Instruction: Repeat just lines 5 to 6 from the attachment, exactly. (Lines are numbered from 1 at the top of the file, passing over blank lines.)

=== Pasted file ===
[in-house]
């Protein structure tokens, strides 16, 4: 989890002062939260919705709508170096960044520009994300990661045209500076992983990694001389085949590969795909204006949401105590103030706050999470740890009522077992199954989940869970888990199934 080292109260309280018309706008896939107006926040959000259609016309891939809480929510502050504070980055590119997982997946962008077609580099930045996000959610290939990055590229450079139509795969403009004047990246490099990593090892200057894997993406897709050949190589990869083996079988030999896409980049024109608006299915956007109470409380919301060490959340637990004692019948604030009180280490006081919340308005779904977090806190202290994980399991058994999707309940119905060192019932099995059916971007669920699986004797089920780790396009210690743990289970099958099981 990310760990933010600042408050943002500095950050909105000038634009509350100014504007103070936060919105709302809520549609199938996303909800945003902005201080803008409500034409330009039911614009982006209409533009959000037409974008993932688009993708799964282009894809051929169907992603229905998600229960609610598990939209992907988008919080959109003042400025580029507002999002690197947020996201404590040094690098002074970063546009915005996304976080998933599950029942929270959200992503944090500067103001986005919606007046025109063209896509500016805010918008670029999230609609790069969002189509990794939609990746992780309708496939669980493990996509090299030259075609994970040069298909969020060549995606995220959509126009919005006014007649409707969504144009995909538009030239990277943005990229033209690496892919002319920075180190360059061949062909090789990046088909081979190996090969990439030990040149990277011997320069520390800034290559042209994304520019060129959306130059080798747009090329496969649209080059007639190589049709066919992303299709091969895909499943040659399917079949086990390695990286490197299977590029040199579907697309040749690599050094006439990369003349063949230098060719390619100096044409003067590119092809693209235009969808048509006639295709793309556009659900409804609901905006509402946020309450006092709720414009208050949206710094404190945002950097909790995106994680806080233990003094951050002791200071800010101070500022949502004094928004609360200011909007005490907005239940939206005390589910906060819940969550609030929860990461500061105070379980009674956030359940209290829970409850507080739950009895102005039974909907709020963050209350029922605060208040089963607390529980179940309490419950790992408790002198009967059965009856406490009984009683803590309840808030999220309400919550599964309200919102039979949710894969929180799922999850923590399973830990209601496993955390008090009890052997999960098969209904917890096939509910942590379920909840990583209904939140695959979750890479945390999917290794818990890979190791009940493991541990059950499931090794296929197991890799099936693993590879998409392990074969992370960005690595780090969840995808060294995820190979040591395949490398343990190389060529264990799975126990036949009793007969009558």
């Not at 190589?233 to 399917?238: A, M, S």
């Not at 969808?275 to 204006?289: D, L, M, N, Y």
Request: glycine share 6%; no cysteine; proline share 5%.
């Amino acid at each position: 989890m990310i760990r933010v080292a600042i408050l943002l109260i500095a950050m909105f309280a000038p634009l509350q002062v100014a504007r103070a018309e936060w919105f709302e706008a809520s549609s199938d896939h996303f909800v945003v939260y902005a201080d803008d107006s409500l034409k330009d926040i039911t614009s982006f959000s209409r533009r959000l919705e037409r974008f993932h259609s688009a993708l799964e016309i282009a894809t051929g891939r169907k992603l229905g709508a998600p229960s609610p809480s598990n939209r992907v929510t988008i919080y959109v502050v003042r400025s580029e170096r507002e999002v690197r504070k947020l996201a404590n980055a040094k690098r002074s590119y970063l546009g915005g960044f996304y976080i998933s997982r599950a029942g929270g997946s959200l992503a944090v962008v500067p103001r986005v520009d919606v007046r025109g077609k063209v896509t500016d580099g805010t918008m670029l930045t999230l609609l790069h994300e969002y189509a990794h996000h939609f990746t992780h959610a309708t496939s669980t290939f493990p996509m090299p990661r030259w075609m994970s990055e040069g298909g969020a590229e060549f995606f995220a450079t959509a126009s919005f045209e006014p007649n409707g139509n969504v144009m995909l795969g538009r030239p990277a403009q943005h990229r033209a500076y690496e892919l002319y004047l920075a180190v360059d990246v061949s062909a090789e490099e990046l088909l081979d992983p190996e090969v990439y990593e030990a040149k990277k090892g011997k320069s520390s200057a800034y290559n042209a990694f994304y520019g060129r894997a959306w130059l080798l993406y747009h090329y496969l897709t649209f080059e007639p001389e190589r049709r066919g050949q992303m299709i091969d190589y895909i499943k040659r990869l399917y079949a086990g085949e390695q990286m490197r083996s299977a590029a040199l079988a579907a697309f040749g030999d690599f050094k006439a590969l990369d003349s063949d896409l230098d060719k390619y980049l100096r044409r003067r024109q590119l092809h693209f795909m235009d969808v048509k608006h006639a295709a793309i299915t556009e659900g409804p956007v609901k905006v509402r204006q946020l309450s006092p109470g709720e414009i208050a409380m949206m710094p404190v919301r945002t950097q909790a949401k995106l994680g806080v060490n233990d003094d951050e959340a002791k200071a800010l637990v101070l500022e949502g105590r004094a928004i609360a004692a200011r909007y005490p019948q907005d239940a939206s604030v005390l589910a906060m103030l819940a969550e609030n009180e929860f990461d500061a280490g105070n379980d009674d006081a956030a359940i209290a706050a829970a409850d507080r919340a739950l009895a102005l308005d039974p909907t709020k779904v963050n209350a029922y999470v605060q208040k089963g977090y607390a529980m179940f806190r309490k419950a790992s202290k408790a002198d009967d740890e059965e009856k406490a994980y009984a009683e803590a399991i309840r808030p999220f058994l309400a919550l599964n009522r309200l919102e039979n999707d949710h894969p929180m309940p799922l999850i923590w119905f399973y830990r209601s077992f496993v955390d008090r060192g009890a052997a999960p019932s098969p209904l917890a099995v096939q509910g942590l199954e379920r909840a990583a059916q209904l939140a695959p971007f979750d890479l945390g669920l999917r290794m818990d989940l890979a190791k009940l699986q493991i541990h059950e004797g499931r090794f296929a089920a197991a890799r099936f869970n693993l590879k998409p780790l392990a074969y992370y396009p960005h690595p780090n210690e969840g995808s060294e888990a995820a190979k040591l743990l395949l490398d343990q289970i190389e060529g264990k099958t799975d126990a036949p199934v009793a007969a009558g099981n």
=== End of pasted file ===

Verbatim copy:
Request: glycine share 6%; no cysteine; proline share 5%.
């Amino acid at each position: 989890m990310i760990r933010v080292a600042i408050l943002l109260i500095a950050m909105f309280a000038p634009l509350q002062v100014a504007r103070a018309e936060w919105f709302e706008a809520s549609s199938d896939h996303f909800v945003v939260y902005a201080d803008d107006s409500l034409k330009d926040i039911t614009s982006f959000s209409r533009r959000l919705e037409r974008f993932h259609s688009a993708l799964e016309i282009a894809t051929g891939r169907k992603l229905g709508a998600p229960s609610p809480s598990n939209r992907v929510t988008i919080y959109v502050v003042r400025s580029e170096r507002e999002v690197r504070k947020l996201a404590n980055a040094k690098r002074s590119y970063l546009g915005g960044f996304y976080i998933s997982r599950a029942g929270g997946s959200l992503a944090v962008v500067p103001r986005v520009d919606v007046r025109g077609k063209v896509t500016d580099g805010t918008m670029l930045t999230l609609l790069h994300e969002y189509a990794h996000h939609f990746t992780h959610a309708t496939s669980t290939f493990p996509m090299p990661r030259w075609m994970s990055e040069g298909g969020a590229e060549f995606f995220a450079t959509a126009s919005f045209e006014p007649n409707g139509n969504v144009m995909l795969g538009r030239p990277a403009q943005h990229r033209a500076y690496e892919l002319y004047l920075a180190v360059d990246v061949s062909a090789e490099e990046l088909l081979d992983p190996e090969v990439y990593e030990a040149k990277k090892g011997k320069s520390s200057a800034y290559n042209a990694f994304y520019g060129r894997a959306w130059l080798l993406y747009h090329y496969l897709t649209f080059e007639p001389e190589r049709r066919g050949q992303m299709i091969d190589y895909i499943k040659r990869l399917y079949a086990g085949e390695q990286m490197r083996s299977a590029a040199l079988a579907a697309f040749g030999d690599f050094k006439a590969l990369d003349s063949d896409l230098d060719k390619y980049l100096r044409r003067r024109q590119l092809h693209f795909m235009d969808v048509k608006h006639a295709a793309i299915t556009e659900g409804p956007v609901k905006v509402r204006q946020l309450s006092p109470g709720e414009i208050a409380m949206m710094p404190v919301r945002t950097q909790a949401k995106l994680g806080v060490n233990d003094d951050e959340a002791k200071a800010l637990v101070l500022e949502g105590r004094a928004i609360a004692a200011r909007y005490p019948q907005d239940a939206s604030v005390l589910a906060m103030l819940a969550e609030n009180e929860f990461d500061a280490g105070n379980d009674d006081a956030a359940i209290a706050a829970a409850d507080r919340a739950l009895a102005l308005d039974p909907t709020k779904v963050n209350a029922y999470v605060q208040k089963g977090y607390a529980m179940f806190r309490k419950a790992s202290k408790a002198d009967d740890e059965e009856k406490a994980y009984a009683e803590a399991i309840r808030p999220f058994l309400a919550l599964n009522r309200l919102e039979n999707d949710h894969p929180m309940p799922l999850i923590w119905f399973y830990r209601s077992f496993v955390d008090r060192g009890a052997a999960p019932s098969p209904l917890a099995v096939q509910g942590l199954e379920r909840a990583a059916q209904l939140a695959p971007f979750d890479l945390g669920l999917r290794m818990d989940l890979a190791k009940l699986q493991i541990h059950e004797g499931r090794f296929a089920a197991a890799r099936f869970n693993l590879k998409p780790l392990a074969y992370y396009p960005h690595p780090n210690e969840g995808s060294e888990a995820a190979k040591l743990l395949l490398d343990q289970i190389e060529g264990k099958t799975d126990a036949p199934v009793a007969a009558g099981n």